aside US REPUBLICAN FRESHMAN SENATOR BEN SASSE’S TRUTH TO POWER SPEECH

Nebraska republican US Senator Ben Strasse
Nebraska republican US Senator Ben Strasse

Recent news about a freshman US conservative republican senator deciding to publicly question the US Senate’s value to the American taxpayers caught my attention, and so I am sharing his story. It is important to note that this newbie senator has been referred to as a tea party’s dream candidate.

NPR Ron Elving provides some background on 11/3/15 about this Senator Ben Sasse:

“Sasse had an unusual path to the Senate. He got a Harvard undergraduate degree, studied at Oxford and got graduate degrees from St. John’s College and Yale University (history Ph.D.). He worked for a prestigious business consulting firm, taught history and served as president of Midland University, a small Lutheran college in Fremont, Neb.”

The Nebraskan freshman republican US Senator, Ben Sasse delivered his first speech on the floor after one year of service. On the November 3, 2015 Breitbart blog, Matthew Boyle posted excerpts from the Senator’s speech. He described how the senator dropped a major bomb on those listening to his maiden speech by questioning the existence of the U.S. Senate. The following is what Mr. Boyle wrote:

“Sasse began his speech by explaining exactly why he waited a full year after the 2014 elections to deliver his maiden speech. A newly elected Senator’s maiden floor speech is always a significant deal for them, and Sasse has been outspoken against the permanent political class in venues outside the Senate floor until now. Now that he’s fighting against Washington, D.C., on the floor, he’s likely only going to get bolder and bolder in how he goes after the career politician class.”

Senator Ben Stasse
Senator Ben Stasse

“Sasse, a freshman conservative, said:

I’ve done two things in my adult worklife: I’m a historian by training and a strategy guy by vocation. Before becoming a college president, I helped over a dozen organizations find strategies to get through some very ugly crises. One important lesson I learned over and over is that, when you walk into any troubled organization, there is a delicate balance between expressing human empathy and yet not passively sweeping hard truths under the rug. On the one hand, it is absolutely essential to listen first, to ask questions first to learn how a broken institution got to where it is because there are reasons. Things drift and fray for reasons; people rarely set out to break special institutions they inherit. Still, empathy cannot change the reality that a bankrupt company is spending more to build its products than customers are willing to pay for them; a college with too few students is not only out of money but out of spirit; a charity that cannot persuade enough donors to invest in its cause might not have the right cause.”

2014-2015 Freshpersons in senate
2014-2015 recent additions to US senate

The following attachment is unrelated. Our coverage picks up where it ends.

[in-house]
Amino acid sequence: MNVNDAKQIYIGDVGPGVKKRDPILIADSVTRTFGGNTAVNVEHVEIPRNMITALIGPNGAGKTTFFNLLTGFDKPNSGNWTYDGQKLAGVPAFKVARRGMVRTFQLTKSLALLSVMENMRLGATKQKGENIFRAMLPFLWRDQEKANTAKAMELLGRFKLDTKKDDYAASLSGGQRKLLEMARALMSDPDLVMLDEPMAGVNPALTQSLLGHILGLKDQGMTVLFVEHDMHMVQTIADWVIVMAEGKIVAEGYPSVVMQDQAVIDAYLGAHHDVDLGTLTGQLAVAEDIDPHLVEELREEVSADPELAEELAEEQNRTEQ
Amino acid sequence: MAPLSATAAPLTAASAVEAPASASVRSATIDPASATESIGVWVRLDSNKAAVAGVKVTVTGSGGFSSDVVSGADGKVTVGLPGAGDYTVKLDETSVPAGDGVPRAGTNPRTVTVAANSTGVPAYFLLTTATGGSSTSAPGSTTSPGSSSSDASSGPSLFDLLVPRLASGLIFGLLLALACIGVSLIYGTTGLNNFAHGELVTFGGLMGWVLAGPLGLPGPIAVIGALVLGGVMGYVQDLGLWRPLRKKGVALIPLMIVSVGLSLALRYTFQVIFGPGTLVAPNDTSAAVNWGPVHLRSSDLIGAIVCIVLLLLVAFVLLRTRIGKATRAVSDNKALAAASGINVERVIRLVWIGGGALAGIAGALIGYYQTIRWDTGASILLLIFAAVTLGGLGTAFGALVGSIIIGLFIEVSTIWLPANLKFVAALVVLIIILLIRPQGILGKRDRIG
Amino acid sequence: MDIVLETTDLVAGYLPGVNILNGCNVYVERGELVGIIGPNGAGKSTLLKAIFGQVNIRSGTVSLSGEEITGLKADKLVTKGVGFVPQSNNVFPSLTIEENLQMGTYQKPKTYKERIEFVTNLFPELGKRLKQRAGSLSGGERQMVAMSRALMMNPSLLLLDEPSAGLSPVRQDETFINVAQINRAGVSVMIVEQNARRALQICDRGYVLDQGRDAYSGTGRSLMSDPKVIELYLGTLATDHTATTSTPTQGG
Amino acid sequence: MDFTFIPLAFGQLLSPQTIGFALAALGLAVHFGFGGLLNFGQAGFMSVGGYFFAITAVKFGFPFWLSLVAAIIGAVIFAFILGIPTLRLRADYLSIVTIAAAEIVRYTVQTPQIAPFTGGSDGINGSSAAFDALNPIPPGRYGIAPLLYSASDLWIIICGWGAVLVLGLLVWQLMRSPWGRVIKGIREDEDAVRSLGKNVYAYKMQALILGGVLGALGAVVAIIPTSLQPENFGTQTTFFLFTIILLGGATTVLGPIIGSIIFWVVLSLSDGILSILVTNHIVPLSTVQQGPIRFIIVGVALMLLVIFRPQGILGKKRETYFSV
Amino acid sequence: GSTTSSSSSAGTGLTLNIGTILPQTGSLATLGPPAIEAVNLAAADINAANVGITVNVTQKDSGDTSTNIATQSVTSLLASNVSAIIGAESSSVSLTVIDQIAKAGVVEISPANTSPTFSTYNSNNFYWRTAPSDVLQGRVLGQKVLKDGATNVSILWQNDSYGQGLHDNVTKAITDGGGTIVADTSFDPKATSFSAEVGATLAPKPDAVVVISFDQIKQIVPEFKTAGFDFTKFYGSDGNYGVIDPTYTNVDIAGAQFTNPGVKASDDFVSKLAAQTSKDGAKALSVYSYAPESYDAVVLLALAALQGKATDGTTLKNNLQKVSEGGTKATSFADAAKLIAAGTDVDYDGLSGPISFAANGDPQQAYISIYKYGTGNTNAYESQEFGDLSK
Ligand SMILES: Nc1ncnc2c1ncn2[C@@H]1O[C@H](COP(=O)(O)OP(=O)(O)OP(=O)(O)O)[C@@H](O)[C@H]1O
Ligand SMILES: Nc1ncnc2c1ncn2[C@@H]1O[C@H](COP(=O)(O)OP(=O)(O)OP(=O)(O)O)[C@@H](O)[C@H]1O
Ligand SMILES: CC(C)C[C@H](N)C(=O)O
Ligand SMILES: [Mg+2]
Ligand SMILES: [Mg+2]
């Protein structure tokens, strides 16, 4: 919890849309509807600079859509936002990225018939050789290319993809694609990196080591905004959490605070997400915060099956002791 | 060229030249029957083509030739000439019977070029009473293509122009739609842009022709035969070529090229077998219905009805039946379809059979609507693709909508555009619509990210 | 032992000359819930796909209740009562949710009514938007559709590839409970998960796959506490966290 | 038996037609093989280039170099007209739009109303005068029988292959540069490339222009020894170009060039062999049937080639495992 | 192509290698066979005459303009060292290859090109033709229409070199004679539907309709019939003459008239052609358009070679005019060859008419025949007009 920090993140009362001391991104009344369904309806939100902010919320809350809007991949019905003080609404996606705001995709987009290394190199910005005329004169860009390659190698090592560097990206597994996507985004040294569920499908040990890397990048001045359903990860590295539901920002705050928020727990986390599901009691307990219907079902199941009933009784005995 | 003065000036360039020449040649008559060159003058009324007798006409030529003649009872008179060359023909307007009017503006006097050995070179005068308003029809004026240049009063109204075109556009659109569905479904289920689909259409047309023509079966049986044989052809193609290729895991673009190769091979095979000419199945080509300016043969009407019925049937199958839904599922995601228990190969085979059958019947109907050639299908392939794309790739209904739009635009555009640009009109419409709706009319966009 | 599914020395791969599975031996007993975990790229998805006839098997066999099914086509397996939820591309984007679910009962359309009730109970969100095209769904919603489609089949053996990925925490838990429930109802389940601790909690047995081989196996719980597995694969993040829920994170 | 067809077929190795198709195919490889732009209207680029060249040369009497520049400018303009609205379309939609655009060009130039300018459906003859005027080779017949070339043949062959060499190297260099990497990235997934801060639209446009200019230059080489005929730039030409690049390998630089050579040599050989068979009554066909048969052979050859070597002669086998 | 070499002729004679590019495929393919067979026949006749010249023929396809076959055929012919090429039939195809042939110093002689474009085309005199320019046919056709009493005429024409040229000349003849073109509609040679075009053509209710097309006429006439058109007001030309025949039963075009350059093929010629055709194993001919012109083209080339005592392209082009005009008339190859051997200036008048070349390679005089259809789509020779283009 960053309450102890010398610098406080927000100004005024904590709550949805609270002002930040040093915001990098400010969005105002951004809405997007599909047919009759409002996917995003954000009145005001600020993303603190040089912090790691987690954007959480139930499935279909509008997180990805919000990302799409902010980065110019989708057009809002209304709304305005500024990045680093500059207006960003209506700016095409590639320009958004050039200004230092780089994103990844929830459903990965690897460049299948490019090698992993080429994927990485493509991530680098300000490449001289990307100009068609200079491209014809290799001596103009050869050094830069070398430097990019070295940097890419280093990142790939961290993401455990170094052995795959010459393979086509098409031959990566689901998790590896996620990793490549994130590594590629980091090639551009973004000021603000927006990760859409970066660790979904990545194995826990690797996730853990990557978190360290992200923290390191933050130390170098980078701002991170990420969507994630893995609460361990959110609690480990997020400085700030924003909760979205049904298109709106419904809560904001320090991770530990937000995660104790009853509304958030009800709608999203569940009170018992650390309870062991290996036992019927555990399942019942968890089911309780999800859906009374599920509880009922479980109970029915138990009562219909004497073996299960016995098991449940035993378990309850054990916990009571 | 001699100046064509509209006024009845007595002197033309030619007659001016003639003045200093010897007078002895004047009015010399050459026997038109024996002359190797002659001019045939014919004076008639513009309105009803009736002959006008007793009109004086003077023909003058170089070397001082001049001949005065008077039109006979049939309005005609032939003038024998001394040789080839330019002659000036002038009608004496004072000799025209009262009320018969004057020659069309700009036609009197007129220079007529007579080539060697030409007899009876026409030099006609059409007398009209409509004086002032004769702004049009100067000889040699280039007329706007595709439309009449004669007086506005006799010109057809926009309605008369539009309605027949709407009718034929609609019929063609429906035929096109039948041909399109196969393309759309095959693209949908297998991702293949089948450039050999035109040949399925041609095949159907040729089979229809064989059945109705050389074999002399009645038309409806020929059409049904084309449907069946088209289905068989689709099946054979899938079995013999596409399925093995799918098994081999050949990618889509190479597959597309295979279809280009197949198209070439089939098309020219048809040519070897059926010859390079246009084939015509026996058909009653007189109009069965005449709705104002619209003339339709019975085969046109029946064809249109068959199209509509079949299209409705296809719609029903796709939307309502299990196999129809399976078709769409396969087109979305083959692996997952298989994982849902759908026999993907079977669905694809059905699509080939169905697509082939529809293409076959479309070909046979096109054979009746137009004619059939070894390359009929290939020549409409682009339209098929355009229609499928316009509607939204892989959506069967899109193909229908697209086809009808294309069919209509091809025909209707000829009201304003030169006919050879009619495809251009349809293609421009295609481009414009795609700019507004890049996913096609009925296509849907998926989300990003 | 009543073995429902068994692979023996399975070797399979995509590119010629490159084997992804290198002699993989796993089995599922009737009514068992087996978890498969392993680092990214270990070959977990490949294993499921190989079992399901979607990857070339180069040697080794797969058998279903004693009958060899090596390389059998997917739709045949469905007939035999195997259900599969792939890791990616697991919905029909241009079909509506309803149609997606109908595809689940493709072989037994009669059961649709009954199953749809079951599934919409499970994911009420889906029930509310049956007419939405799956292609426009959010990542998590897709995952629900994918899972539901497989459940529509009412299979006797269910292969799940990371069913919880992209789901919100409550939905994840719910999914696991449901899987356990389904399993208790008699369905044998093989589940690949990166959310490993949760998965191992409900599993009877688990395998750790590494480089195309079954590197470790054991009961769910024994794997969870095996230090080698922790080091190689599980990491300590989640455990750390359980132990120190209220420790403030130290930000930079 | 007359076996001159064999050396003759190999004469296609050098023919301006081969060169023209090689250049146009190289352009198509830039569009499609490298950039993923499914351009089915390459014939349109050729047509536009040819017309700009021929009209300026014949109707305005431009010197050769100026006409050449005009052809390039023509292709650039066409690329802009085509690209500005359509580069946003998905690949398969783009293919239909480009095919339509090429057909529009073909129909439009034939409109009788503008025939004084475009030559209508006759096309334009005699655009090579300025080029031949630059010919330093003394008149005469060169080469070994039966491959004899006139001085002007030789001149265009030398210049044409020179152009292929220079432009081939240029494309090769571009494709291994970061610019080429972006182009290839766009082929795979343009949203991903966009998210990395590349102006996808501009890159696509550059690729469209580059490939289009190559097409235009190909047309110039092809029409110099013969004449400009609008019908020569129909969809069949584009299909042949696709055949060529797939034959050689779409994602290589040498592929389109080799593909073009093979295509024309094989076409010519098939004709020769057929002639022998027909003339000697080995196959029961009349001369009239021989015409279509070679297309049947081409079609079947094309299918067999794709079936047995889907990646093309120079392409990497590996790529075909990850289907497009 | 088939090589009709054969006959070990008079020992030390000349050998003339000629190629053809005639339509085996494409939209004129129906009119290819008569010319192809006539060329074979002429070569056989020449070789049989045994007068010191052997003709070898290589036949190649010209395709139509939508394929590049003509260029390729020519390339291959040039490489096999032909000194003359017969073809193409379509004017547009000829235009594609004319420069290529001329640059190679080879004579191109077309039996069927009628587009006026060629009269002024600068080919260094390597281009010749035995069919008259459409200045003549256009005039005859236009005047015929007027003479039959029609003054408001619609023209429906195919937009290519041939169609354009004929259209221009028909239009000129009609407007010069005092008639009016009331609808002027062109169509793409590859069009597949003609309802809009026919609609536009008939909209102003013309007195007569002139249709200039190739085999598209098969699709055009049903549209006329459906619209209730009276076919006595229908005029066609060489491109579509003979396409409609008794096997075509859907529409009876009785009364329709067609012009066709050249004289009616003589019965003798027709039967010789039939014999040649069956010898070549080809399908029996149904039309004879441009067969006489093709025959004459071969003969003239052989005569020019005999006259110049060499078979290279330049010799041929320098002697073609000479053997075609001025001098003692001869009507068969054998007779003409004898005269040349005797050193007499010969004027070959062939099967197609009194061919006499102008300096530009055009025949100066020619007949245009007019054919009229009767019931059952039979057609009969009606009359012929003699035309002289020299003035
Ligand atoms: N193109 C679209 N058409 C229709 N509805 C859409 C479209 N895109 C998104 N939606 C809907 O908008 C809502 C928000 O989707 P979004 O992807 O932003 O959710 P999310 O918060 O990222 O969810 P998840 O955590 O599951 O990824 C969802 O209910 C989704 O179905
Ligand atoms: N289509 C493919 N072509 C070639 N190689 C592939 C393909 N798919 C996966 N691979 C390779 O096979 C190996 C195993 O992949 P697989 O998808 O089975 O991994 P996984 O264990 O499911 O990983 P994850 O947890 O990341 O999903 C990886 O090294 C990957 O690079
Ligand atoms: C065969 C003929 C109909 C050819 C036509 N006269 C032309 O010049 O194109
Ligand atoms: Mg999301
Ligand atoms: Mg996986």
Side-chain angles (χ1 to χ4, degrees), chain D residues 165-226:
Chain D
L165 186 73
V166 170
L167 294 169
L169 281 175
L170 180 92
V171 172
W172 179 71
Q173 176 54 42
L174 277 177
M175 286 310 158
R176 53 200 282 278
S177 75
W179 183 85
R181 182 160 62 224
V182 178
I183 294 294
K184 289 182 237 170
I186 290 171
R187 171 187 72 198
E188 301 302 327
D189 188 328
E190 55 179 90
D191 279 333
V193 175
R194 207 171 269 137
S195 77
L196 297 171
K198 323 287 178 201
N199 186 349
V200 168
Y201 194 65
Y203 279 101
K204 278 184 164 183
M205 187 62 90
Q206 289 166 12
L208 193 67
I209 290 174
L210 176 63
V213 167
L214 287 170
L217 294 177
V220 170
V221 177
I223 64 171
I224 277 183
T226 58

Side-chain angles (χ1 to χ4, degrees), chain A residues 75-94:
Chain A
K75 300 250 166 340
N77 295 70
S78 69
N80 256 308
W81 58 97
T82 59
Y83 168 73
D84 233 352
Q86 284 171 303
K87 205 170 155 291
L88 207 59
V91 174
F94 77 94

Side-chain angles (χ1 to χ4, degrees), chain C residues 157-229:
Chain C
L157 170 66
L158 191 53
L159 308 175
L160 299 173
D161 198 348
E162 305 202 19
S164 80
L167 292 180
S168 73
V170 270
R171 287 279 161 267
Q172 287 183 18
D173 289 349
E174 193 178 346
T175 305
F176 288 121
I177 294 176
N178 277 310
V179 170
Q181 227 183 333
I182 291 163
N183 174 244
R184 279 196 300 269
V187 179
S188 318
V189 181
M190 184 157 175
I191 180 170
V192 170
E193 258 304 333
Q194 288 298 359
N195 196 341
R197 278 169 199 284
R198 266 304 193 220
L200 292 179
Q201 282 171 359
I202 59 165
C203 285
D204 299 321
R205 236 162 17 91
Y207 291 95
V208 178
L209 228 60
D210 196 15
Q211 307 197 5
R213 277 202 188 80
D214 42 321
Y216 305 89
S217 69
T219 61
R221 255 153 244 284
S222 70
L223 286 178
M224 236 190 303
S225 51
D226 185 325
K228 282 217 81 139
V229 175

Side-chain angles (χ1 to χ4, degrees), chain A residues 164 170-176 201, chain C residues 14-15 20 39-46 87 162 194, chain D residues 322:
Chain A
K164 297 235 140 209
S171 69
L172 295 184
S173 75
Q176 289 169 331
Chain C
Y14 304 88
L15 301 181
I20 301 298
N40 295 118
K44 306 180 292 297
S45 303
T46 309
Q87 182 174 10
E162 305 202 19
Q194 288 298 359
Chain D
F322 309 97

“Because of this goal of empathetic listening first, of coming to sit and privately interview many of you and also because of a pledge I made to Nebraskans in deference to an old Senate tradition I have waited. But please do not misunderstand: Do not confuse a deliberate approach with passivity. I ran because I think that the public is right that we as a people are not tackling the generational crises that we face: We don’t have a long-term foreign policy for the age of jihad and cyber war; our entitlement budgets are completely fake; we are entering an age where work and jobs will be more fundamentally disrupted than at any point since hunter-gatherers first settled in agrarian villages. And yet we don’t really have any plans. I think the public is right that we as a Congress are not shepherding the country through the serious debates we must have about the future of this great nation.”

“Sasse said he spends his weekends at home in Nebraska and hears from his constituents about how awful Washington, D.C. really is to ordinary Americans. He said:”

“If I can be brutally honest for a moment: I’m home basically every weekend, and what I hear  and what I’m sure most of you hear is some version of this: A pox on both parties and all your houses. We don’t believe politicians are even trying to fix this mess. To the Republicans, to those who claim this new majority is leading the way: Few believe that. To the grandstanders who use this institution as a platform for outside pursuits: Few believe the country’s needs are as important to you as your ambitions. To the Democrats, who did this body harm through nuclear tactics: Few believe bare-knuckled politics are a substitute for principled governing. And does anyone doubt that many on both the right and the left now salivate for more of these radical tactics? The people despise us all. And why is this? Because we’re not doing the job we were sent here to do. The Senate isn’t tackling the great national problems that worry those we work for.”

SENATOR BEN SASSE
SENATOR BEN SASSE

“I do not think there is any magic bullet to restore the Senate,” Sasse said. “My purpose in speaking today is basically just to move into public discussions I’ve already been having in private as I try to define a personal strategy for how to use this Floor. I want advice. I am opening a conversation and soliciting input on how to contribute to the broader team, and there are many of you who want an upgrading of our debate, our prioritization, and our seriousness about the bigger challenges.”

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7 comments

  1. He lost me with this statement, “To the Democrats, who did this body harm through nuclear tactics: Few believe bare-knuckled politics are a substitute for principled governing.”

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